The fascination instantly took hold, and I knew I wanted to, had to, perform whatever initiation rites were necessary to be part of this “secret society.” I started learning everything I could about pipes, about tobacco, about the culture and ritual surrounding this ancient pastime. I learned how to fill a pipe properly, how to light it, how to keep it going, and not to be concerned if I had to relight. I met interesting people, and had wonderful conversations. I was accepted into the fold. I became a pipe smoker. The passion and enthusiasm cultivated within those hallowed walls seemed like it would last forever, and it almost did. Until it didn’t.
What happened to change things for me? More than two years of no pipe shows, no casual meetups with like-minded folk sharing pipe and tobacco stories happened. Feeling alone, a stranger in a strange land happened. Not all at once. It was a gradual thing. I’d smoke my pipe in what I thought to be the same state of mind I’d always had. I still enjoyed opening old dusty tins of vintage leaf, savoring the flavors and aromas to be found within them. I still looked at pipes, still acquired new additions to my collection, but it just wasn’t the same. Gradually, the excitement began to wane. Pipes were becoming things, and smoking them was becoming something to do, not a way of being.
I remember thinking about a time when, at the Sacramento pipe show, I’d just picked up a beautiful sandblasted olifant made by my friend Paolo Becker. It was an exhilarating moment. I had a similar pipe made by his late father, Fritz, whom I’d known for years, and this pipe beautifully represented a commemoration of two generations of pipe-maker. I filled it from the tin of Piccadilly I had with me, and was in bliss. My friend David saw my exuberance, and asked, “How is it that after all these years, you’re still so enthusiastic about pipes?” It was a fair question. And, who knew that nearly 20 years later, I would ask myself where that fervor went?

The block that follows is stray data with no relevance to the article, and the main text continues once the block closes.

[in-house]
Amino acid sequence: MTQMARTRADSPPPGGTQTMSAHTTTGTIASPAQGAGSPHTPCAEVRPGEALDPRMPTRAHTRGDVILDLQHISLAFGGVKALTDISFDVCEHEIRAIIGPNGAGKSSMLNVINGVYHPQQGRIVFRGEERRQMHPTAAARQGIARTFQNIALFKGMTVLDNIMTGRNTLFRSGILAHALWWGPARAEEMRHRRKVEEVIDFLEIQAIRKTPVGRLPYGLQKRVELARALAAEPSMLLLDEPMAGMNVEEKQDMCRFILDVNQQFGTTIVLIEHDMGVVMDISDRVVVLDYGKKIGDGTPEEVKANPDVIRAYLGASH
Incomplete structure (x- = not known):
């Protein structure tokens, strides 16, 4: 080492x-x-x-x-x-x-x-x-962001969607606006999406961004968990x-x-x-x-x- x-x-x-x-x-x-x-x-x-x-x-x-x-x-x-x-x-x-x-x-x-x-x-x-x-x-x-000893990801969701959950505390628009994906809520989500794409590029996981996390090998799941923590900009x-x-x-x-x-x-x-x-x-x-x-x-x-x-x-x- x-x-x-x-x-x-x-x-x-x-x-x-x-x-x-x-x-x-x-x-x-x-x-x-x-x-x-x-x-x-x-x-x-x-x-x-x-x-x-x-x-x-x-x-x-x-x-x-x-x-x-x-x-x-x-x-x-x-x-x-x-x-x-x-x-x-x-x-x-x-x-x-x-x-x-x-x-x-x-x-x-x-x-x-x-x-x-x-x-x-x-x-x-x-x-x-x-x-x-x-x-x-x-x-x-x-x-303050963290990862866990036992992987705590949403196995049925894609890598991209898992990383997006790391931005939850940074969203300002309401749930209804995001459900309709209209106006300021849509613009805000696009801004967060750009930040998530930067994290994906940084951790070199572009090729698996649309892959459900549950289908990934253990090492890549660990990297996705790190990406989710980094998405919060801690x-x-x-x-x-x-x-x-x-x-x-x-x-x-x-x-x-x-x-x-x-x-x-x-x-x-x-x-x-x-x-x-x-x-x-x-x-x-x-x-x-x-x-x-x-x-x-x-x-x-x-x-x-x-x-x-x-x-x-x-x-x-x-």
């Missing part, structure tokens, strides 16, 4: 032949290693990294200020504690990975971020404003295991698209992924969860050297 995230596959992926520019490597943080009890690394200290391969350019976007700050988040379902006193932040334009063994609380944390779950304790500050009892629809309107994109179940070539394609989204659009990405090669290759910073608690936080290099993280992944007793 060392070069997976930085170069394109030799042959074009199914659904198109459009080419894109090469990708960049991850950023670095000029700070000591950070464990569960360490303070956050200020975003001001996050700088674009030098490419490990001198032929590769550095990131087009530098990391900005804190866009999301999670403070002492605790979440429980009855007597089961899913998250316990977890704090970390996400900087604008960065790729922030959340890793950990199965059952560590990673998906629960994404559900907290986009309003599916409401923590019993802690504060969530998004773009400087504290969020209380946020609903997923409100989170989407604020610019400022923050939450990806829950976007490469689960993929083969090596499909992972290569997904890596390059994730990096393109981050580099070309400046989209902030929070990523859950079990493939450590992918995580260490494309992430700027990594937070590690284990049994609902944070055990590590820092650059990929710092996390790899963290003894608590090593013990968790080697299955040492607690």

Fortunately, the loss of pipe-lust was a relatively short-stayed guest that left my company more quickly than it had arrived. One morning, examining a favored piece in preparation of photographing it, it all came back in a flash. I relished the curves, the lines, the angles, the wood. I looked at it carefully from all angles, admiring the grace of it, the balance. I love photographing pipes. It’s challenging, technically, but even more so aesthetically. I try to not just take mug shots, but to make portraits that express something more than just a shape, a piece of wood and plastic. Pipes are things of both practicality and beauty, and I like to express that through my own art. Something clicked in that moment, the light came on, and Mr. Crankypants was shown the door.
Through the simple act of looking more carefully, more deeply at one of my cherished briars, I inadvertently rediscovered my why. The joy returned. I pulled that Becker olifant from its drawer, filled it from an aged tin of Piccadilly, and in turn, it once again filled me with all the wonder and enthusiasm that it did when I first got it. Now, all I need is to ring up a few pipe pals to arrange a get-together and share my rekindled enthusiasm.
Photo by G.L. Pease